Barbara Blomberg — Complete eBook

Georg Ebers
This eBook from the Gutenberg Project consists of approximately 701 pages of information about Barbara Blomberg — Complete.
praise the pride of my father, who induced me to return the gifts which the Council sends to the house by the town clerk when I sing in the Convivium musicum.  But what a pleasure it is to show the bloated fellow the door when he pulls out the linen purse!  True, many things must be sacrificed to do it, and how hard that often is can not be described.  I would not bear it long.  But, if I were your wife and you had only property enough for a modest competence, you would scarcely fare better, through my fault, than my poor father.  That would surely be the result”—­she raised her voice in passionate eagerness as she spoke: 

“I know myself.  As for the immediate future, I feel that the ever-increasing longing for better days and the rank which is my due will kill me if I do not satisfy it speedily.  I shall never be content with any half-way position, and I fear you can not offer me more.  Talk with my father, and think of it during the night.  Were I in your place, I would at once resign the wish to win a person like me, for if you really love me as ardently as it seems, you will receive in exchange only a lukewarm liking for your person and a warm interest in what you can accomplish; but in other respects, far worse than nothing—­peril after peril.  But if you will be reasonable and give up your suit, I shall not blame you a moment.  How bewildered you still stare at me!  But there comes father, and I must finish my work before the irons get cold.”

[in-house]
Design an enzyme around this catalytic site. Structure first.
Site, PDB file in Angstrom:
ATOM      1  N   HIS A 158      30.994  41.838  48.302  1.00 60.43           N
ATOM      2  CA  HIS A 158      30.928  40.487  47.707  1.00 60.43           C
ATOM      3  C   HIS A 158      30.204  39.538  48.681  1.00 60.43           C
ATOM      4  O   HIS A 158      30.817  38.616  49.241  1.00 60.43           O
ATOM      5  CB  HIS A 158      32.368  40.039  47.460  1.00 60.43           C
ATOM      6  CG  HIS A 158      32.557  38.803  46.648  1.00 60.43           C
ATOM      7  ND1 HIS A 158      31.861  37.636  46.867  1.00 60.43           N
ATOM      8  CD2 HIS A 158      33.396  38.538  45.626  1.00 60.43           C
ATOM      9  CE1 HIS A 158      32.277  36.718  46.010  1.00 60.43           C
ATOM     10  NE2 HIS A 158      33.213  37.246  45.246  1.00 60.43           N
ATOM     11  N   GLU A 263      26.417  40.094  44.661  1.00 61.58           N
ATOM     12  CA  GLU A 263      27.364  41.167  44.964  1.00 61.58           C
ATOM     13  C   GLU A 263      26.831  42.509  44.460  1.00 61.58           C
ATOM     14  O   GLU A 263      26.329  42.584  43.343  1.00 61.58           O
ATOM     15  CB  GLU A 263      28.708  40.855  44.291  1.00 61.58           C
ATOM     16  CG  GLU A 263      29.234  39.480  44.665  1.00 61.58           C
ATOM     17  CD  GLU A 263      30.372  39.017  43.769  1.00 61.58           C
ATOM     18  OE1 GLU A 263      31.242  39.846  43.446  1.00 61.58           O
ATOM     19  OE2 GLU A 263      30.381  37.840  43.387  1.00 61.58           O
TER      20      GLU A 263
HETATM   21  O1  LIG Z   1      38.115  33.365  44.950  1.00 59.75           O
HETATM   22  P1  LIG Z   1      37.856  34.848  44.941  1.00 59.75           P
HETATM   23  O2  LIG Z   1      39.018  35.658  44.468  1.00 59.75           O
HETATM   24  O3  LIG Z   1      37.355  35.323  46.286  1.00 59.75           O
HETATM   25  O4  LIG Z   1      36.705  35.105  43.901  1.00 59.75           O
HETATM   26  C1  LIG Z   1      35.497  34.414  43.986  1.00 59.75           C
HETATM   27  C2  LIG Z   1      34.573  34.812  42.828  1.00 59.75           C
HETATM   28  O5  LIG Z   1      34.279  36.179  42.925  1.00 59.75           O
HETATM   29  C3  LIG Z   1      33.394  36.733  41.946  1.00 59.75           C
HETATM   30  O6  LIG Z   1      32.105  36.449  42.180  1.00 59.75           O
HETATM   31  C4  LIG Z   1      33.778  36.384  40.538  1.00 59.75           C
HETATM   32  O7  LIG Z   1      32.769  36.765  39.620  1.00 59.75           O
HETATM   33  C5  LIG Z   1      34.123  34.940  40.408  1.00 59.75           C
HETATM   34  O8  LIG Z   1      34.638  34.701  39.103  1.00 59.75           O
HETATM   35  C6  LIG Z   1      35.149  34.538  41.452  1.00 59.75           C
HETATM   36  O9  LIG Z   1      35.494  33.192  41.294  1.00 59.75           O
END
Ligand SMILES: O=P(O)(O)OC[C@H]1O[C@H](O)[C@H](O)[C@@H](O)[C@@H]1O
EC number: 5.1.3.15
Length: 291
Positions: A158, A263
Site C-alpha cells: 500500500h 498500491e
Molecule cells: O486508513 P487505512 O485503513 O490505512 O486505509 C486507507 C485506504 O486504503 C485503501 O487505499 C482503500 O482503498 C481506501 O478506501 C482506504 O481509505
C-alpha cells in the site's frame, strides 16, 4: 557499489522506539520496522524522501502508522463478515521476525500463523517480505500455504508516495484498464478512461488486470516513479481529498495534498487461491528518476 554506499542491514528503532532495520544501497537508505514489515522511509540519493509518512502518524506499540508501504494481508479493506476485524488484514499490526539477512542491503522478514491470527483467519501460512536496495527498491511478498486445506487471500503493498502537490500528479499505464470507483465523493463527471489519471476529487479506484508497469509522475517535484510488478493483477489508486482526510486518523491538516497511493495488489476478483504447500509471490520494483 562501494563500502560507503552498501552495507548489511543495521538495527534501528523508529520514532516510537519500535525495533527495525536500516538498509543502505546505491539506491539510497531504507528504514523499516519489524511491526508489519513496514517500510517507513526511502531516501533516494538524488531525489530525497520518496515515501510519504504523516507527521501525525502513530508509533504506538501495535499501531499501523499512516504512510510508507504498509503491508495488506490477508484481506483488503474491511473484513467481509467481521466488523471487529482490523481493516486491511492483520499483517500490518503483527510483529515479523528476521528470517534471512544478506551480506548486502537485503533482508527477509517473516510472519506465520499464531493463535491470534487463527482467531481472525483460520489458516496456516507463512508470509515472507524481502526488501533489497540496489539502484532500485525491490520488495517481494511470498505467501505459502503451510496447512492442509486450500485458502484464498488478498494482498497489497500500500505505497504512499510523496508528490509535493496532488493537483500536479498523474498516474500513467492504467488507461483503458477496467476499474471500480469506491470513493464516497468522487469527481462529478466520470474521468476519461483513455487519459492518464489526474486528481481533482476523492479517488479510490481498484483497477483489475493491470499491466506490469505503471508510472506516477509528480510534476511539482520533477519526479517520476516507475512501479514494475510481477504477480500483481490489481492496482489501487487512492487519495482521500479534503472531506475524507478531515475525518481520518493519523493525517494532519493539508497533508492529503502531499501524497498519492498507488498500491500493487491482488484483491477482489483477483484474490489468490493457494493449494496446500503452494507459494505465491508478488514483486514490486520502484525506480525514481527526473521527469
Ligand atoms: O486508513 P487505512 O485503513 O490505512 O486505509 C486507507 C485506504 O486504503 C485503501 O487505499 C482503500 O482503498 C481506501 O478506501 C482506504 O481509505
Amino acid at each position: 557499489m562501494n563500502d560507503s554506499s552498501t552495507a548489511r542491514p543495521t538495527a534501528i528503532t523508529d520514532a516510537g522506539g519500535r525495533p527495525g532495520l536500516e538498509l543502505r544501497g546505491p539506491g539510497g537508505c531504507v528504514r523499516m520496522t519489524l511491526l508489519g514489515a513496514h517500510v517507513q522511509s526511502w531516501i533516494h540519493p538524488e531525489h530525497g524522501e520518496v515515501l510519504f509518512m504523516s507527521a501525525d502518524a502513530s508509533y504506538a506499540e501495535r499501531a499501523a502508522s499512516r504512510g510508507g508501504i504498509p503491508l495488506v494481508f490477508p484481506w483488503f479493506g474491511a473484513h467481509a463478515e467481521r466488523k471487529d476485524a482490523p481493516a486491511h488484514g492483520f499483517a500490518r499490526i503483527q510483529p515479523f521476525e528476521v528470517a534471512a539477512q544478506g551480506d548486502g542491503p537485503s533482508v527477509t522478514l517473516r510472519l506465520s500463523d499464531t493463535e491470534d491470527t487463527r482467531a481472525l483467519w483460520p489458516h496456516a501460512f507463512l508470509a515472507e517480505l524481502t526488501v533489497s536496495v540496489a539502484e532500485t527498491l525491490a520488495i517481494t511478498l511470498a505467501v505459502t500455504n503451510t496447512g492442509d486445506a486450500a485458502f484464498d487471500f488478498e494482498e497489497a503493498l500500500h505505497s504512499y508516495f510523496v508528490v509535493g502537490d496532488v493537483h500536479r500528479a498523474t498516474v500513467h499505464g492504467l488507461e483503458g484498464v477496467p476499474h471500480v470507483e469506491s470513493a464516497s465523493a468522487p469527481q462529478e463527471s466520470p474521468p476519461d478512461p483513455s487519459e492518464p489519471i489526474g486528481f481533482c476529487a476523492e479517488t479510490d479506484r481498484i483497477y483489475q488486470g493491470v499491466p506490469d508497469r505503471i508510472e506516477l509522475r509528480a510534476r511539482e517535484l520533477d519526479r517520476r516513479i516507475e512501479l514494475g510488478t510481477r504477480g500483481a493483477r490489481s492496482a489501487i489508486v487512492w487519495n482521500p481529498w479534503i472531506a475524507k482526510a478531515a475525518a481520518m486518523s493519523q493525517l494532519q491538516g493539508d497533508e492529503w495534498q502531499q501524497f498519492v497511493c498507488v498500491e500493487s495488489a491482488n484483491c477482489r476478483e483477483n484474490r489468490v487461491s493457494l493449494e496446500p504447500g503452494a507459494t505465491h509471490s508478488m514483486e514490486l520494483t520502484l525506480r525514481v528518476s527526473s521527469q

Wolf gazed after her speechlessly, while she withdrew behind the table as quietly as if they had been discussing the most commonplace things.

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By Georg Ebers

Volume 2.


The old captain blew the dust from the wine flagon and carefully removed the seal.  His presence prevented Wolf from renewing the interrupted conversation.

Reflection doubtless warned him that it would be a dangerous venture to enter the same life-boat with this woman, yet how bewitchingly beautiful she had seemed to him in her proud superiority, in the agitation of soul aroused by the yearning for a fairer fate!  Have her he must, even though he was permitted to call her his own but for a year, a month, an hour.

Many of her words had been harsh and apparently unfeeling, yet how noble must be the soul of this young creature who, for the sake of being loyal to truth, the pure source of everything grand and lofty, paid no heed to much that is usually sacred to human beings!

Project Gutenberg
Barbara Blomberg — Complete from Project Gutenberg. Public domain.
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